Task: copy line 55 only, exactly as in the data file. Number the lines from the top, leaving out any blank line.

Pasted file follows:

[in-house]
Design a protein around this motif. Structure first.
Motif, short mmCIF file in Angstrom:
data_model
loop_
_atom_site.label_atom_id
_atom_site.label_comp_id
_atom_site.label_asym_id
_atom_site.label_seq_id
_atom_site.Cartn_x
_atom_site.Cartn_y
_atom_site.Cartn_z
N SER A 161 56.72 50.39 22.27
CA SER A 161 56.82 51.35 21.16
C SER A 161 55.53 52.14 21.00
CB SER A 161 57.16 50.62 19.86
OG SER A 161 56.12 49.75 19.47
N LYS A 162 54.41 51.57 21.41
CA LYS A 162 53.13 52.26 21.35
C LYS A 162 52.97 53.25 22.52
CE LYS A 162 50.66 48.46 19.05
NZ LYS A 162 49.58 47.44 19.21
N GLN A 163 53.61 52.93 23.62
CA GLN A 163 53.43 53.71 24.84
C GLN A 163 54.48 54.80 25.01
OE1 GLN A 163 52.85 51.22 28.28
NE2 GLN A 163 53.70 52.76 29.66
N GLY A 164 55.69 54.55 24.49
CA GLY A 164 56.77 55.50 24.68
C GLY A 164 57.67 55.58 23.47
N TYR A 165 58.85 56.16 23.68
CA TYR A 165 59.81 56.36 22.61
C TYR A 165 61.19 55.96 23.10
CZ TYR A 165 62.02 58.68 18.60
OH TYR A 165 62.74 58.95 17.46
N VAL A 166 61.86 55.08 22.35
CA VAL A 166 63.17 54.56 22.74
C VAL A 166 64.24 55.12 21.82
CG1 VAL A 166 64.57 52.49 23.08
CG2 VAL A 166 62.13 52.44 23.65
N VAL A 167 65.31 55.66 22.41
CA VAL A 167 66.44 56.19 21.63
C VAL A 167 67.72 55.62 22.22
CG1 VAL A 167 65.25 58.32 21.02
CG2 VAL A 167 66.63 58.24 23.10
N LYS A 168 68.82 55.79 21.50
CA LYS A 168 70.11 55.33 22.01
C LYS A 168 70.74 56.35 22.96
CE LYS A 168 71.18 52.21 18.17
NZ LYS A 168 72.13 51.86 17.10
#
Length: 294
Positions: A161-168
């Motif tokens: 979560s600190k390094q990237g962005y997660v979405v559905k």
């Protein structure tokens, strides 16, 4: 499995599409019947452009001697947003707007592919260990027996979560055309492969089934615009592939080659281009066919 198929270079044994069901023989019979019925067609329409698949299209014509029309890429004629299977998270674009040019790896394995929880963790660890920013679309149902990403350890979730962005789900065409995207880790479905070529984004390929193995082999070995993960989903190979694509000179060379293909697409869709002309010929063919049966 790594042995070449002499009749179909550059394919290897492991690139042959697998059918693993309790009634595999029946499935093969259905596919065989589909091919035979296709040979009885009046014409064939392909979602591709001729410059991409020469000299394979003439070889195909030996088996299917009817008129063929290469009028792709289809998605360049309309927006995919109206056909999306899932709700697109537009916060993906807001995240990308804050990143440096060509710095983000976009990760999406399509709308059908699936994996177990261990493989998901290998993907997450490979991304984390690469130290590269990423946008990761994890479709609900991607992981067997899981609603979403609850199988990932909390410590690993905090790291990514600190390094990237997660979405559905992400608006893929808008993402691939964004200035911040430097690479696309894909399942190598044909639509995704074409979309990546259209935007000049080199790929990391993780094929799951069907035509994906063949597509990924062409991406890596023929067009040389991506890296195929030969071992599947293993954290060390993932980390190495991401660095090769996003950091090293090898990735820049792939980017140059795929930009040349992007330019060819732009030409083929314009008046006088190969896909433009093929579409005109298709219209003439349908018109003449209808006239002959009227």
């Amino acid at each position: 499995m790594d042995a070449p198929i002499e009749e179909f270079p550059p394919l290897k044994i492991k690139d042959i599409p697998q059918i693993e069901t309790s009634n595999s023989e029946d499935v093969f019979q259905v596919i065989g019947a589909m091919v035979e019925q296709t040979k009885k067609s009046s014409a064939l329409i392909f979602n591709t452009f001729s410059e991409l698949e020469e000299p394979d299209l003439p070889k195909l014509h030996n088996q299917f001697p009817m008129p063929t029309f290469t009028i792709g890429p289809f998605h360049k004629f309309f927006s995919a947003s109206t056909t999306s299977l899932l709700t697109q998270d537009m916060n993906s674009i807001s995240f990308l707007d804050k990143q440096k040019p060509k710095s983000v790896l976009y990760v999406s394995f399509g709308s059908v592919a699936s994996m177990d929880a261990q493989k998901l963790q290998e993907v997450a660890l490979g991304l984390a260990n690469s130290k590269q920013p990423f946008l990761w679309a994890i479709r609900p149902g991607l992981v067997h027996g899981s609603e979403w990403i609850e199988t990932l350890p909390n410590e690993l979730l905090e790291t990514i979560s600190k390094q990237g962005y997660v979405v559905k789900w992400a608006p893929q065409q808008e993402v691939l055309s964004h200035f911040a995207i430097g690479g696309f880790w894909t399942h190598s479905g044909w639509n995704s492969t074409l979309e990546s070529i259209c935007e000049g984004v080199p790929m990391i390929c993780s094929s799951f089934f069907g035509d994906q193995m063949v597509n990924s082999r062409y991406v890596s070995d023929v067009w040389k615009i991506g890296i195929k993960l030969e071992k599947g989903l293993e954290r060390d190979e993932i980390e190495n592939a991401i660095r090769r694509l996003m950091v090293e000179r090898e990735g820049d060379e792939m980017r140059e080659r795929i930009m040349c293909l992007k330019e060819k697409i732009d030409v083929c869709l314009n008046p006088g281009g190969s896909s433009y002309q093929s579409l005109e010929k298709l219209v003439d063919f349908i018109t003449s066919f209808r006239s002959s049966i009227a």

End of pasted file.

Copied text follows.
């Protein structure tokens, strides 16, 4: 499995599409019947452009001697947003707007592919260990027996979560055309492969089934615009592939080659281009066919 198929270079044994069901023989019979019925067609329409698949299209014509029309890429004629299977998270674009040019790896394995929880963790660890920013679309149902990403350890979730962005789900065409995207880790479905070529984004390929193995082999070995993960989903190979694509000179060379293909697409869709002309010929063919049966 790594042995070449002499009749179909550059394919290897492991690139042959697998059918693993309790009634595999029946499935093969259905596919065989589909091919035979296709040979009885009046014409064939392909979602591709001729410059991409020469000299394979003439070889195909030996088996299917009817008129063929290469009028792709289809998605360049309309927006995919109206056909999306899932709700697109537009916060993906807001995240990308804050990143440096060509710095983000976009990760999406399509709308059908699936994996177990261990493989998901290998993907997450490979991304984390690469130290590269990423946008990761994890479709609900991607992981067997899981609603979403609850199988990932909390410590690993905090790291990514600190390094990237997660979405559905992400608006893929808008993402691939964004200035911040430097690479696309894909399942190598044909639509995704074409979309990546259209935007000049080199790929990391993780094929799951069907035509994906063949597509990924062409991406890596023929067009040389991506890296195929030969071992599947293993954290060390993932980390190495991401660095090769996003950091090293090898990735820049792939980017140059795929930009040349992007330019060819732009030409083929314009008046006088190969896909433009093929579409005109298709219209003439349908018109003449209808006239002959009227």